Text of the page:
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Both countries warn Luis Almagro that they will not tolerate interference in the region's internal affairs.
A joint statement by the presidents of Mexico, Andrés M. López Obrador, and Bolivia, Luis Arce Catacora, expresses, concerning the Organization of American States (OAS), that they "will not tolerate interference in internal affairs."
The position of both presidents came on the occasion of the official visit that Arce has been making since yesterday to Mexico and in which the role played by the OAS—especially its Secretary-General, Luis Almagro, who has been accused of contributing to the political and social crisis which led to the coup against the then Bolivian president Evo Morales—emerged.
Arce, elected last October, took asylum in Mexico from November 2019 to January 2020, after the installation of the de facto government in Bolivia, which, during his participation in a joint press conference with López Obrador on Wednesday, thanked him for having "sheltered" him and "having shown solidarity" with the "process of change in Bolivia."
In the joint communiqué, the two presidents demand Almagro "refrain from intervening in member states' internal affairs" and insist on the importance of "promoting the exclusively technical, objective and impartial character of the Electoral Observation Missions" of the OAS.
Likewise, they request that these commissions limit themselves to "act within their own institutional framework" and "not intervene in the internal affairs of member states."
President Luis Arce has just arrived in Mexico.
He returns for the first time since the 2019 coup, when Arce was given asylum in Mexico after the Añez regime tried to jail him as part of the persecution against leftists.
The call comes after the audit made by a mission of the regional organization of the elections' results where Morales was reelected on October 20, 2019. At that time, on November 10, the OAS issued a preliminary report, without knowing the final results, urging to annul and repeat the elections in the midst of demonstrations organized by the opposition, which did not recognize the victory of the leader of the Movement Towards Socialism (MAS).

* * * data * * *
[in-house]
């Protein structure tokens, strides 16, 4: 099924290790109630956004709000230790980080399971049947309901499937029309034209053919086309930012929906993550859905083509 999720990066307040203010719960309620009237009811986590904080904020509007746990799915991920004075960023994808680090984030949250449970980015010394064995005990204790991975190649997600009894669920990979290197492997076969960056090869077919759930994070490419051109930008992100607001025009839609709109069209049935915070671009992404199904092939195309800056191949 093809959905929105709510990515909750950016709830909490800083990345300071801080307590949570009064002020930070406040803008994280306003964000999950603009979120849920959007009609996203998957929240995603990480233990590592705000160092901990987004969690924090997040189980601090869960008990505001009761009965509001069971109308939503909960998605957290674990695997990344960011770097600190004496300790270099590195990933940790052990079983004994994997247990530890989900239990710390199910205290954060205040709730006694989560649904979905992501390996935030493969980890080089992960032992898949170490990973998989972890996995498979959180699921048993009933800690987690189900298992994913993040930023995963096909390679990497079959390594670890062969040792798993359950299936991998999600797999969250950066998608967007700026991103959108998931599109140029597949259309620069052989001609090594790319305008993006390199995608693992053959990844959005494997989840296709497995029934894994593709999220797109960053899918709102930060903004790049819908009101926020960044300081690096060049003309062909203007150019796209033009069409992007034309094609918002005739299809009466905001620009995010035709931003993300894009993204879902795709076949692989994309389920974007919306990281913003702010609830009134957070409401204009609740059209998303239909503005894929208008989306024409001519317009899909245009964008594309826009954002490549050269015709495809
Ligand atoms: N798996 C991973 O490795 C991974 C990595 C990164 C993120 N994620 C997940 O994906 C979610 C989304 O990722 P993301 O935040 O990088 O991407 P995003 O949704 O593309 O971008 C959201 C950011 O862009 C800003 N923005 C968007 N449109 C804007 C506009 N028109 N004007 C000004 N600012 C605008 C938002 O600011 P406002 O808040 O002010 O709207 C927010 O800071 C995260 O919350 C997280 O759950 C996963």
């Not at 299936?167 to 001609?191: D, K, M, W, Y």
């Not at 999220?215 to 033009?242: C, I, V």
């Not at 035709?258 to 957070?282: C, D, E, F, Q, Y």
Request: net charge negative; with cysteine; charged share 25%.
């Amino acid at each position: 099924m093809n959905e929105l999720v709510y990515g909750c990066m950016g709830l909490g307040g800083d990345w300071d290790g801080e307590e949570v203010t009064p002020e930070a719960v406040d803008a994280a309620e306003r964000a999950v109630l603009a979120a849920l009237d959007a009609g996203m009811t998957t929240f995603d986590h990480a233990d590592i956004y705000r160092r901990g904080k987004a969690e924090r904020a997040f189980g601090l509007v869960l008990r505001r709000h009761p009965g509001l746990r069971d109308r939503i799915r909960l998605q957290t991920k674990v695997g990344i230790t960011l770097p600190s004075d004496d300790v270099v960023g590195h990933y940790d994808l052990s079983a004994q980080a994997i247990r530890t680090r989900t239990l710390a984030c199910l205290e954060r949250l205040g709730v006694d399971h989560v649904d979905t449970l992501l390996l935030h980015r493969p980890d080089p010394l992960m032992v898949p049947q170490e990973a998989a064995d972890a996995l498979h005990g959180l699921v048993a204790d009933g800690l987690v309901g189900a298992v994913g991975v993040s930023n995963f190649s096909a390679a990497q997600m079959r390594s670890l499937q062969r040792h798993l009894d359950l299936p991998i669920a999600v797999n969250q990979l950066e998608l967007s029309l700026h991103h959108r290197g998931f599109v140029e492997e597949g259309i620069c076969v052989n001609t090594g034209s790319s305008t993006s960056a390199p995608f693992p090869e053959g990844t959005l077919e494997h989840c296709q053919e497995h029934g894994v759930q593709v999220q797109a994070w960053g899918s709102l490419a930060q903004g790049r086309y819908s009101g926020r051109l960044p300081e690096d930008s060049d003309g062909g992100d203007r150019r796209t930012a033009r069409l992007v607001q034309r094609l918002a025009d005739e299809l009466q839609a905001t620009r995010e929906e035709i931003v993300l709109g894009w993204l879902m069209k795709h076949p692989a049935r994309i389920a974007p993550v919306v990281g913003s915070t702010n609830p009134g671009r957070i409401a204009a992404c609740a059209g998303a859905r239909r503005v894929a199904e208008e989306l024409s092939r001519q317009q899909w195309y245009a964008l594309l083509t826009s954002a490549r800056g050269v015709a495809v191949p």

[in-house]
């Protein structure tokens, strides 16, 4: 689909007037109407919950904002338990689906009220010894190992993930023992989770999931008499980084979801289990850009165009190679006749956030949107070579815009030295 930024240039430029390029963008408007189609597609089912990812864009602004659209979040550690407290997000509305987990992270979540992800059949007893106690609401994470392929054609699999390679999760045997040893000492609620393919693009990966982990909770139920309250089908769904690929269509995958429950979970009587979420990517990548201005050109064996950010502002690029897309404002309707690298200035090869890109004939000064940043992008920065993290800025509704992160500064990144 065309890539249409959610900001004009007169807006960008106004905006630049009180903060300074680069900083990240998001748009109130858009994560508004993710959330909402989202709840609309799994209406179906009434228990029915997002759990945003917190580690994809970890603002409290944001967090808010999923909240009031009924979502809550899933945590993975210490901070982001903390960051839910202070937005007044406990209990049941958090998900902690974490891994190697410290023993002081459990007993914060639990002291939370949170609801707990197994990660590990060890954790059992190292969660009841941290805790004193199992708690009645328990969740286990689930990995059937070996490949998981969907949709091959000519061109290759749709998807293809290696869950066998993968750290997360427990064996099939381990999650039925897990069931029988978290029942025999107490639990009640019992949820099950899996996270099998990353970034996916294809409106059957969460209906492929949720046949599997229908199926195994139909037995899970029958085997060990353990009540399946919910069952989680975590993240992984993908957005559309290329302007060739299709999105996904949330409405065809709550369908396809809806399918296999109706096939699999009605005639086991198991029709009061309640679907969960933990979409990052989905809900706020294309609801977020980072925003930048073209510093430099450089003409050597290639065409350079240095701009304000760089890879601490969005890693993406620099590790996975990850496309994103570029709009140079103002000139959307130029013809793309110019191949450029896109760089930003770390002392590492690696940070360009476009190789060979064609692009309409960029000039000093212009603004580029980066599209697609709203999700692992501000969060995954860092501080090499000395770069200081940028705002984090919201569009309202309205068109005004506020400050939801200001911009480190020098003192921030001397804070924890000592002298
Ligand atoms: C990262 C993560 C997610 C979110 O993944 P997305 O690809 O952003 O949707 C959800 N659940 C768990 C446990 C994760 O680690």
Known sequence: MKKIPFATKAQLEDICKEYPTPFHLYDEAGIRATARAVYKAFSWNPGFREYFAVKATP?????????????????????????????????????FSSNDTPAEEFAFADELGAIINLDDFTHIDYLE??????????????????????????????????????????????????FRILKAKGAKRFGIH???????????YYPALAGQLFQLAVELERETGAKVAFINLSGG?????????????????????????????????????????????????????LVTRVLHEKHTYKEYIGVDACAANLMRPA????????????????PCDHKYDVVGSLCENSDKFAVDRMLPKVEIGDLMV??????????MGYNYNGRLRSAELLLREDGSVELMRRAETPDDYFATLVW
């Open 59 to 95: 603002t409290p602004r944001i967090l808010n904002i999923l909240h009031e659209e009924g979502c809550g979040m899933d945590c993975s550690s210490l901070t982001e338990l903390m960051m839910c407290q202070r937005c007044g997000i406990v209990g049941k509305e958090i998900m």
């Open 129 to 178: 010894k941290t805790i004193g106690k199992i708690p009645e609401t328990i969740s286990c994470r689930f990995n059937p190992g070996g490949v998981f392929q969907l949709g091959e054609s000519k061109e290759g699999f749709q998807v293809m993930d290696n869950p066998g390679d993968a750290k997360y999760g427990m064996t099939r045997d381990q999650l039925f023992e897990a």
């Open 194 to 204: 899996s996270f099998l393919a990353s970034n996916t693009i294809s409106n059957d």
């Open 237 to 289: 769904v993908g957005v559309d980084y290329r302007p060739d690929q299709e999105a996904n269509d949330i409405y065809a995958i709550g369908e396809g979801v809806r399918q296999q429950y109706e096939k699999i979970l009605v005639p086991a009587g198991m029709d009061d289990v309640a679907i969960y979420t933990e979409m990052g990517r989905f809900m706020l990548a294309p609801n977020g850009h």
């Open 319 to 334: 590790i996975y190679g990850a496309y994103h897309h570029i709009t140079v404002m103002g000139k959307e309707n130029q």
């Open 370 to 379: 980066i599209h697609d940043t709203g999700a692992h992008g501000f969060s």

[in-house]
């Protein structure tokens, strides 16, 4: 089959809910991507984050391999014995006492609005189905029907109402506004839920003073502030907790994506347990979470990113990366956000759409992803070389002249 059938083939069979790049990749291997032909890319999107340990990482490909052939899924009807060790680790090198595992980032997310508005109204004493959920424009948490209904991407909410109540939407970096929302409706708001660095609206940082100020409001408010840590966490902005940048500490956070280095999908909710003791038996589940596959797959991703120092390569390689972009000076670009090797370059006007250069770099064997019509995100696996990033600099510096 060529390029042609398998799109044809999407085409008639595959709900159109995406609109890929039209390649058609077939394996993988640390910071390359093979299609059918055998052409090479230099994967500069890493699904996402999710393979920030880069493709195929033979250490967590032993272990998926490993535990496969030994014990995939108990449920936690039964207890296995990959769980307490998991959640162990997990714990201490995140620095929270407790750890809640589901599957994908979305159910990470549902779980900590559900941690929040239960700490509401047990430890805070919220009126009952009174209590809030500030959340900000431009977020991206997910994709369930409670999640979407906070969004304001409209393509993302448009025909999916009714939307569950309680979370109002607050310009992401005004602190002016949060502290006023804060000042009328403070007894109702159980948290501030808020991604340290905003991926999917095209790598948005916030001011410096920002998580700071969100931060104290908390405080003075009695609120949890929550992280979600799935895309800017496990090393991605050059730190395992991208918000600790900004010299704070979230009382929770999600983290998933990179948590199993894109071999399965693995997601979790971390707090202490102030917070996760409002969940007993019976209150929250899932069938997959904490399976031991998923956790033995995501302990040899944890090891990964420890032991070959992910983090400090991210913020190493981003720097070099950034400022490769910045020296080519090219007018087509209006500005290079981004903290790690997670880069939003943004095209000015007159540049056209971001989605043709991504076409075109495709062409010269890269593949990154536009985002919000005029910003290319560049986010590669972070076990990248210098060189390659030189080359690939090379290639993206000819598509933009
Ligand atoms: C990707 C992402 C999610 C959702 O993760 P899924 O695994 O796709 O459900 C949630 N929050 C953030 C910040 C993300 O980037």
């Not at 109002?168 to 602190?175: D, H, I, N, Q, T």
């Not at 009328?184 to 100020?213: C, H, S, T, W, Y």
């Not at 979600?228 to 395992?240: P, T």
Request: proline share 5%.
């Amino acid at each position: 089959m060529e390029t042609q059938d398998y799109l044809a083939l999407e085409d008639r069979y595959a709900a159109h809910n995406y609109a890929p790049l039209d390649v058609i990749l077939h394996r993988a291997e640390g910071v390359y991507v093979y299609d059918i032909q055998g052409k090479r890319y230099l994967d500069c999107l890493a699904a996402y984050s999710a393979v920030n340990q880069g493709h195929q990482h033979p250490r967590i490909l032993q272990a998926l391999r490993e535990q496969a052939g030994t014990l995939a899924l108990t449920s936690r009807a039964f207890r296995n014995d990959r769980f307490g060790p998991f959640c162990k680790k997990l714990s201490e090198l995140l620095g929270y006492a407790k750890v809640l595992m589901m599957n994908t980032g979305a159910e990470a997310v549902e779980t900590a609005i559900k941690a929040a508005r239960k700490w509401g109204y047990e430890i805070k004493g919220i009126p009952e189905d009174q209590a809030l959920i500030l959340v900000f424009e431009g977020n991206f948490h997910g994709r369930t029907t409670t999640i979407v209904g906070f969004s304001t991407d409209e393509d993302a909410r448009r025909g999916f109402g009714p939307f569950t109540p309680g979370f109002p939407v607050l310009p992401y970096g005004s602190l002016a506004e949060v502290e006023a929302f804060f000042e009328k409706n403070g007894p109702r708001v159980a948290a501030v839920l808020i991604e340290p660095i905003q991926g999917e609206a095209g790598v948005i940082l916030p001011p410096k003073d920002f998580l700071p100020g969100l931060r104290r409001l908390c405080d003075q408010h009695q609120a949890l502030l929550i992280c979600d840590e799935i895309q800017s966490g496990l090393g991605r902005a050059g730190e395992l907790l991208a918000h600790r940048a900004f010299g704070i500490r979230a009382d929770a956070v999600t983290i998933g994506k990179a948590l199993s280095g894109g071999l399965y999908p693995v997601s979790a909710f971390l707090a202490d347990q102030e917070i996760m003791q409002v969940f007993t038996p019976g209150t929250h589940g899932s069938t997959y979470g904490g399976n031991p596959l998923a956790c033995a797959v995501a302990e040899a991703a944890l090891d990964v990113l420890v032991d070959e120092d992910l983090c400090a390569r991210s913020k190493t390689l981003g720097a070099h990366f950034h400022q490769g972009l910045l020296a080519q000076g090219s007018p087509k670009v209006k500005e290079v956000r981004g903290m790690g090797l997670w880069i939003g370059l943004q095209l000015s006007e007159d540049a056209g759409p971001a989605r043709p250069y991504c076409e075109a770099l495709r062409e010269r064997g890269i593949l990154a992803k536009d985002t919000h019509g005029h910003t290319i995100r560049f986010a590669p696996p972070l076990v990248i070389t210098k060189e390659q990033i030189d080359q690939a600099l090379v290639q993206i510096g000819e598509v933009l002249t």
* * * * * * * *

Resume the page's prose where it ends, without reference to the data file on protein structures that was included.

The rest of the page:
After the dissemination of this document, which fueled the climate of tensions generated by opposition leaders and threats against Morales' followers, the then-commander of the Armed Forces, Williams Kaliman, demanded the resignation of the president, who resigned to "avoid a bloodbath," as he acknowledged at the time.
Days after the president's forced resignation, Almagro affirmed in a meeting of the OAS Permanent Council that a coup d'état occurred in Bolivia "when Evo Morales committed electoral fraud."
A year and a half later, the Mexican government, which also rejected the coup d'état of 2019, asked the OAS General Secretariat to handle itself "in accordance with the powers established in the Inter-American legal instruments" and to refrain from making "unilateral pronouncements on behalf of the entire membership," adding: "Mexico calls on the OAS General Secretariat to avoid confrontation with a democratically elected government such as that of Bolivia."